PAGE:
9 Tips From Locals on Where to Fish in Pierce County
March 19, 2018
In Pierce County, we’re fortunate to be surrounded by gorgeous scenery and opportunities for getting outside and staying active. And with the Puget Sound and a long list of lakes right in our backyard, fishing is a popular activity for many people in our region!
We asked several local Tacomans where they recommend going fishing in Pierce County, and they shared a few of their best tips with us:
Located at 9222 Veterans Dr SW, Lakewood, Washington 98498
Jaron Witsoe recommends heading to American Lake in Lakewood to fish for rainbow trout. Open year-round for fishing, American Lake is stocked with rainbow trout and kokanee, and there is also a large population of other natural fish. Not only does American Lake have some great fishing, but it’s also home to some truly beautiful scenery! We recommend taking a look at this handy “Fishing Prospects Calendar” to help plan your fishing trip.
The Puget Sound & Slag Pile Area by Vashon Island
“Love fishing in the Puget Sound! You can rent boats at the Point Defiance Boat House,” shares Maggie Feagin-Schauble. “[There’s] great fishing just off the Slag Pile Vashon Island. It's a good day when you catch a 30-pounder—normally they're more like 12 to 15 pounds.”
Right next to the Vashon Ferry Terminal at Point Defiance, there’s a public boat launch that’s open all year long from sunrise to sunset. You can get an annual pass or punch card, or pay per launch.
Ruston Way Docks
Located at Ruston Way Waterfront Tacoma, Washington 98402
Want to go fishing for squid? Jaron Witsoe says that the Ruston Way docks during the colder months at night are the place to be! The Les Davis Pier is conveniently open all year long, 24/7.
The Puyallup River
Dreaming of salmon fishing? Good news—the Puyallup River offers an excellent opportunity to try your hand at catching a beautiful salmon. “[I recommend the] Puyallup River for coho salmon and steelhead fishing!” shares Jaron Witsoe. Fishing begins on the first Saturday in June, and you can take a look at a map of recommended fishing spots along the Puyallup River here.
“Even if you're not fishing you can see the schools of salmon traveling along the bays edge on their way to the Puyallup River,” recommends Michael McNiel. “These fish like to jump out of the water, so they're easy to spot. If you own waders, head to the Puyallup River for more fish concentration.”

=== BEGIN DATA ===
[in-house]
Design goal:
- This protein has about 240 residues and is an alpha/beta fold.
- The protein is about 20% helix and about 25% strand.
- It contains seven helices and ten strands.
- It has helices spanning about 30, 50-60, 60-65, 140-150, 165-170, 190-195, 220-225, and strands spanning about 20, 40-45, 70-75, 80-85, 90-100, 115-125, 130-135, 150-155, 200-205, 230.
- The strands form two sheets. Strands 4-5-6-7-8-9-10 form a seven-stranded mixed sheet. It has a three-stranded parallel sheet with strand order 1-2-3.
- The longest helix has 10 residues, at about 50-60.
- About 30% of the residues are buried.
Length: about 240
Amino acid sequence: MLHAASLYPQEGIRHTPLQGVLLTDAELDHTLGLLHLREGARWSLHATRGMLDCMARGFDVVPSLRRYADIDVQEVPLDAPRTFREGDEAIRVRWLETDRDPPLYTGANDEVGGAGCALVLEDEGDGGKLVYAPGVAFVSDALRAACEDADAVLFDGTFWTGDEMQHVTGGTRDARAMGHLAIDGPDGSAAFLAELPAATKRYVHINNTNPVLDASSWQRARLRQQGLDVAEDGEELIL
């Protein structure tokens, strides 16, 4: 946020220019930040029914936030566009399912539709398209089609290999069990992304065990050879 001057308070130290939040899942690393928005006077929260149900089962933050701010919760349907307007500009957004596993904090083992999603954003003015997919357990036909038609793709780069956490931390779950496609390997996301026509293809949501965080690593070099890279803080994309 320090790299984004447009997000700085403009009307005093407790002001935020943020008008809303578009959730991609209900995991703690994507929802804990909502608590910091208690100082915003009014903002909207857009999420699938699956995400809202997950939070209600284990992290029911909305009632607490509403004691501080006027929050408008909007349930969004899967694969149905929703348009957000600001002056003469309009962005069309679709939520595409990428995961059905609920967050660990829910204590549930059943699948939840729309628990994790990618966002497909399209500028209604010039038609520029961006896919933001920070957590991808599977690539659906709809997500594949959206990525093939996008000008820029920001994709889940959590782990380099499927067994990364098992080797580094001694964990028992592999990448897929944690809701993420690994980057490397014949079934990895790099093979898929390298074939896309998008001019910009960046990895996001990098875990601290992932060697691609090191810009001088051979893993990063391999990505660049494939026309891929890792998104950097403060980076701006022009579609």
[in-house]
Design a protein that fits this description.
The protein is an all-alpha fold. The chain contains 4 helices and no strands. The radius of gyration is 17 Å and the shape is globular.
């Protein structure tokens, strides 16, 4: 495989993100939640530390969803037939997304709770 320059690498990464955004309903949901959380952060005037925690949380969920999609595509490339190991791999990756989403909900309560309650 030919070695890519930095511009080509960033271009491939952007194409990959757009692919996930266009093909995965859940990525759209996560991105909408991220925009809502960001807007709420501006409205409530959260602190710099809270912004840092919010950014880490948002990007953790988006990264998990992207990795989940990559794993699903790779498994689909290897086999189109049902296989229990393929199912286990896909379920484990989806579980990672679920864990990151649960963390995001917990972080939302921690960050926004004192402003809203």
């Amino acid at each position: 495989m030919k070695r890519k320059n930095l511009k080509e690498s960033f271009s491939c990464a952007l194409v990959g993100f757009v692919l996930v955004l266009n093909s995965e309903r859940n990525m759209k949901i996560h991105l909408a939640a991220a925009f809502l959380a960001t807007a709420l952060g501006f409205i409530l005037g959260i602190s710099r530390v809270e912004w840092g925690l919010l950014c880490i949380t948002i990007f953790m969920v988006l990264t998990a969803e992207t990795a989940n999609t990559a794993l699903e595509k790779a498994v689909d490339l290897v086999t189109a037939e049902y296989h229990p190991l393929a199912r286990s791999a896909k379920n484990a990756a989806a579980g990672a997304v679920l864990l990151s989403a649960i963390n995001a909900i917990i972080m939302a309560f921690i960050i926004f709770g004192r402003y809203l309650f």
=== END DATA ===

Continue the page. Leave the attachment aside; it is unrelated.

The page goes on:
Located at 40724 S Silver Lake Rd E Eatonville, WA 98328
Patience Colkitt recommends Henley’s Silver Lake Resort in Eatonville to go fishing for trout, perch, crappie, and bass. Plus, there’s also a neat resort there—you can stay in cabins, RV sites, and campsites. There are also bathrooms, a bait shop, a dock, and a boat launch to take advantage of.
Dash Point State Park
Located at 5700 S.W. Dash Point Road Federal Way, WA 98023
Michael McNiel recommends checking out the pier at Dash Point State Park for fishing. This incredible 398-acre park is packed with a ton of things to do, from biking and hiking to camping and boating as well.
Browns Point Lighthouse Park
Located at 201 Tulalip St. N.E. Tacoma, WA 98422
“Browns Point Lighthouse Park is a nice spot for bank fishing,” shares Michael McNiel. This 4-acre park shows off stunning views of the Puget Sound, and in addition to fishing and a great picnic space, this park also has a long history.
Located at Ohop Lake, Washington 98328
Recommended by Patience Colkitt, Lake Ohop is located in Eatonville just south of Northwest Trek. The lake is open all year, and has especially good fishing during the summer months. Check out their “Fishing Prospects Calendar” for the best fishing times!
For a relaxing day of fishing, Patience Colkitt recommends heading to Lake Kapowsin, just off of Kapowsin Highway E via Highway 161. This great spot is open all year, but the best fishing starts in May and slows down in September. The lake is stocked each year with rainbow trout and has a boat ramp, a dock, and parking.
Here’s one last tip from Michael McNeil: “Pink salmon runs happen on odd years, so 2017 is fishing time. [It’s the] smallest of the salmon family and [they] average a few pounds or more. Very aggressive and attack anything pink in color.” Don’t miss out on catching a delicious salmon this year!